Unconscious patients who present after being “found down” represent a unique triage challenge. These patients are selected for either trauma or medical evaluation based on limited information and have been shown in a single-center study to have significant occult injuries and/or missed medical diagnoses. We sought to further characterize this population in a multicenter study and to identify predictors of mistriage.
The Western Trauma Association Multicenter Trials Committee conducted a retrospective study of patients categorized as found down by emergency department triage diagnosis at seven major trauma centers. Demographic, clinical, and outcome data were collected. Mistriage was defined as patients being admitted to a non–triage-activated service. Logistic regression was used to assess predictors of specified outcomes.
Of 661 patients, 33% were triaged to trauma evaluations, and 67% were triaged to medical evaluations; 56% of all patients had traumatic injuries. Trauma-triaged patients had significantly higher rates of combined injury and a medical diagnosis and underwent more computed tomographic imaging; they had lower rates of intoxication and homelessness. Among the 432 admitted patients, 17% of them were initially mistriaged. Even among properly triaged patients, 23% required cross-consultation from the non–triage-activated service after admission. Age was an independent predictor of mistriage, with a doubling of the rate for groups older than 70 years. Combined medical diagnosis and injury was also predictive of mistriage. Mistriaged patients had a trend toward increased late-identified injuries, but mistriage was not associated with increased length of stay or mortality.
Patients who are found down experience significant rates of mistriage and triage discordance requiring cross-consultation. Although the majority of found down patients are triaged to nontrauma evaluation, more than half have traumatic injuries. Characteristics associated with increased rates of mistriage, including advanced age, may be used to improve resource use and minimize missed injury in this vulnerable patient population.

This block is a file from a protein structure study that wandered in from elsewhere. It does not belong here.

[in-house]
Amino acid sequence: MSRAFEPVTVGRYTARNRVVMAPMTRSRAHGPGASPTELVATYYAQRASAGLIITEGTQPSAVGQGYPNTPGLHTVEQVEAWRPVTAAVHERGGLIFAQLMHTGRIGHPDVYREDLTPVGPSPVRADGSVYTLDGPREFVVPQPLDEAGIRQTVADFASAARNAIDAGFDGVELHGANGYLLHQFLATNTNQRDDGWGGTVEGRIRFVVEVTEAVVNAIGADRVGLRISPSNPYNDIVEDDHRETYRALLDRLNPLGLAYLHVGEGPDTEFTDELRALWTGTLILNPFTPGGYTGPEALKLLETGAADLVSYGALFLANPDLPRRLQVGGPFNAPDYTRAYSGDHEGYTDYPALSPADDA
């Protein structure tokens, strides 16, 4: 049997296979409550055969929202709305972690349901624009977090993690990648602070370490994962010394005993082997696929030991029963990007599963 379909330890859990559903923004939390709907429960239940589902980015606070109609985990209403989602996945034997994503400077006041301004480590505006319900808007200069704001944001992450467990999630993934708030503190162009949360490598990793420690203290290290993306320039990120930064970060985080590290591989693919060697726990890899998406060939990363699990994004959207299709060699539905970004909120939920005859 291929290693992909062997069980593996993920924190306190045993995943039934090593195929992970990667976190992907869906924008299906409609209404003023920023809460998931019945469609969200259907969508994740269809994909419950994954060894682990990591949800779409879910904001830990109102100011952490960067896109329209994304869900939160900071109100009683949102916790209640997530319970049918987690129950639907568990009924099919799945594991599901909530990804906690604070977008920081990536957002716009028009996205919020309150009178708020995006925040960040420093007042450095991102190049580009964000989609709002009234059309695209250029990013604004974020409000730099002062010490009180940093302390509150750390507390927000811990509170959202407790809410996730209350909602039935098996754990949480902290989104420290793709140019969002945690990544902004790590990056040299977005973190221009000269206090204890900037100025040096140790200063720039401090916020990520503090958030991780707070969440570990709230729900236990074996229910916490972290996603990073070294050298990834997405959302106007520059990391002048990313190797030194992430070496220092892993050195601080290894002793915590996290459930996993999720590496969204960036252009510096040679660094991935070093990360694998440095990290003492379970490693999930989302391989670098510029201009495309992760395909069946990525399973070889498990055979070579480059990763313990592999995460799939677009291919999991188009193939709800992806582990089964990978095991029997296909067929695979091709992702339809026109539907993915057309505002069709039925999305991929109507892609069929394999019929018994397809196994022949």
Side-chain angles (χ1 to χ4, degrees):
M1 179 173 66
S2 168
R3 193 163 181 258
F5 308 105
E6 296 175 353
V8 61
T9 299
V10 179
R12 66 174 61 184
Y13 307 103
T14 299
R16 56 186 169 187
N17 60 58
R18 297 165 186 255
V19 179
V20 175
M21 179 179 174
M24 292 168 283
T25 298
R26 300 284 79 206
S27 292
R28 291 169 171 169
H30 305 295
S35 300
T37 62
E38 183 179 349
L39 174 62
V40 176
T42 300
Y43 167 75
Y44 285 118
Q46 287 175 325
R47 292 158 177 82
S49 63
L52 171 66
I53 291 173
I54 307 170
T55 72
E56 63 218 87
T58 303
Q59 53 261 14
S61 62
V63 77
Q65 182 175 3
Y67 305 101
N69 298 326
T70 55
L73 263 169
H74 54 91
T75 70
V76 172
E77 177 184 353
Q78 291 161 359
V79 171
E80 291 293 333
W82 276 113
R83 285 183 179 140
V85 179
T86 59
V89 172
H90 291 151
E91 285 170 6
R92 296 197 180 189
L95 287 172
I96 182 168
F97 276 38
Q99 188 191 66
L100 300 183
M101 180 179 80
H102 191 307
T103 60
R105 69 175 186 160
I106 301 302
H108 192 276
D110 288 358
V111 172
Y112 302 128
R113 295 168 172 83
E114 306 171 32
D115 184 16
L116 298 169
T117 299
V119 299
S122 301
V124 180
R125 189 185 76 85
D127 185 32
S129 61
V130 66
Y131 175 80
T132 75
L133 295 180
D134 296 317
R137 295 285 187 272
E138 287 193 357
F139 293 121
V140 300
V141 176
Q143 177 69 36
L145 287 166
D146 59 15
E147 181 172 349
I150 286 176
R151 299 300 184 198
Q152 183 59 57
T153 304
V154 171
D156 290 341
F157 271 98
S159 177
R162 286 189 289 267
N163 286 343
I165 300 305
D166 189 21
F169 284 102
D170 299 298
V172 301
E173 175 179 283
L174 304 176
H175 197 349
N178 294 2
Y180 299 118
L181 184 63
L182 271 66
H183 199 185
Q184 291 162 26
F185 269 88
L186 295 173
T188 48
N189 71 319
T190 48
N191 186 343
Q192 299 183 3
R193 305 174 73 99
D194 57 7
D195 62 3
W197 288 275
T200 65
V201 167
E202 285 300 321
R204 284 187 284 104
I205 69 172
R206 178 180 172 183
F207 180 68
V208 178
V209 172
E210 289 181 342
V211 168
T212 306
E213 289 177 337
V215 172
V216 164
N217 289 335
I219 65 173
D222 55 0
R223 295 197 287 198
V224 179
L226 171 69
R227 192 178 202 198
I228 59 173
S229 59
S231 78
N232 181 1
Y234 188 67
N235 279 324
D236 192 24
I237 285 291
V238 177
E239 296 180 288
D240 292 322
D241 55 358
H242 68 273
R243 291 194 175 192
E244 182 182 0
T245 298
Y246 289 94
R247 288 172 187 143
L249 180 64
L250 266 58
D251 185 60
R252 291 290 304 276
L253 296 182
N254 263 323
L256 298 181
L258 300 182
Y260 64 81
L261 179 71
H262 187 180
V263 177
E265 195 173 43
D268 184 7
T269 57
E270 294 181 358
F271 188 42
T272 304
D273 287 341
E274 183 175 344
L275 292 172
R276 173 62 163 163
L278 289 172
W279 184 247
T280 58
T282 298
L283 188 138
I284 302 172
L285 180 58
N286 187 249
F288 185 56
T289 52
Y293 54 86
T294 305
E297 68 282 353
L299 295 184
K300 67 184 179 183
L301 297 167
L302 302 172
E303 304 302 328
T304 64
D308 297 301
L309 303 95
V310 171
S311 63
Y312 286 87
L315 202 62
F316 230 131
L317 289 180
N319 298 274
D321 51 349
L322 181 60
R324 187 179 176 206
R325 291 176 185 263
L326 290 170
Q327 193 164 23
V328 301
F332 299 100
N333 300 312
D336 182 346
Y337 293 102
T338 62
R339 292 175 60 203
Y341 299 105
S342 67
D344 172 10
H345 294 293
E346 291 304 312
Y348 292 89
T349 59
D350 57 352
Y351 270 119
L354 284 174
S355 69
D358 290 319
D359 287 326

Epidemiologic study, level III.
Supplemental digital content is available in the text.
From the Department of Surgery (B.M.H., L.Z.K., A.S.C., M.F.N., R.A.C., M.J.C.), San Francisco General Hospital, University of California San Francisco, San Francisco; and Division of Trauma Surgery and Surgical Critical Care (K.C., J.R.H.), University of Southern California, Los Angeles, California; Department of Surgery (C.C.B., A.E.W.), Denver Health Medical Center, University of Colorado, Denver, Colorado; Acute Care Surgery Specialty (M.M.C., G.R.M.), Medical Center of Plano, Plano; and Methodist Dallas Medical Center (J.R.W., M.S.T.), Dallas, Texas; Department of Surgery (D.J.C., J.A.D.), University of South Florida College of Medicine, Tampa, Florida; Duke University Medical Center (C.J.V., P.M.K.B.), Durham, North Carolina.
Submitted: March 10, 2015, Revised: July 28, 2015, Accepted: August 19, 2015, Published online: October 19, 2015.
The Western Trauma Association Multicenter Study Group members include Kenji Inaba, MD, Peter J. Rappa, MD, Nimesh H. Patel, MD, Mark L. Shapiro, MD, Kimen S. Balhotra, Jeremy M. Crane, Melissa R. Forde, Kaitlin Z. Gee, Eric K. Hong, Robert E. Lew, and Caitlin K. Robinson.
This study was presented at the 45th annual meeting of the Western Trauma Association, March 1–6, 2015, in Telluride, Colorado.
Supplemental digital content is available for this article. Direct URL citations appear in the printed text, and links to the digital files are provided in the HTML text of this article on the journal’s Web site (www.jtrauma.com).
Address for reprints: Mitchell Jay Cohen, MD, Department of Surgery, Ward 3A, San Francisco General Hospital, 1001 Potrero Ave, Room 3C-38, San Francisco, CA 94110; email: firstname.lastname@example.org.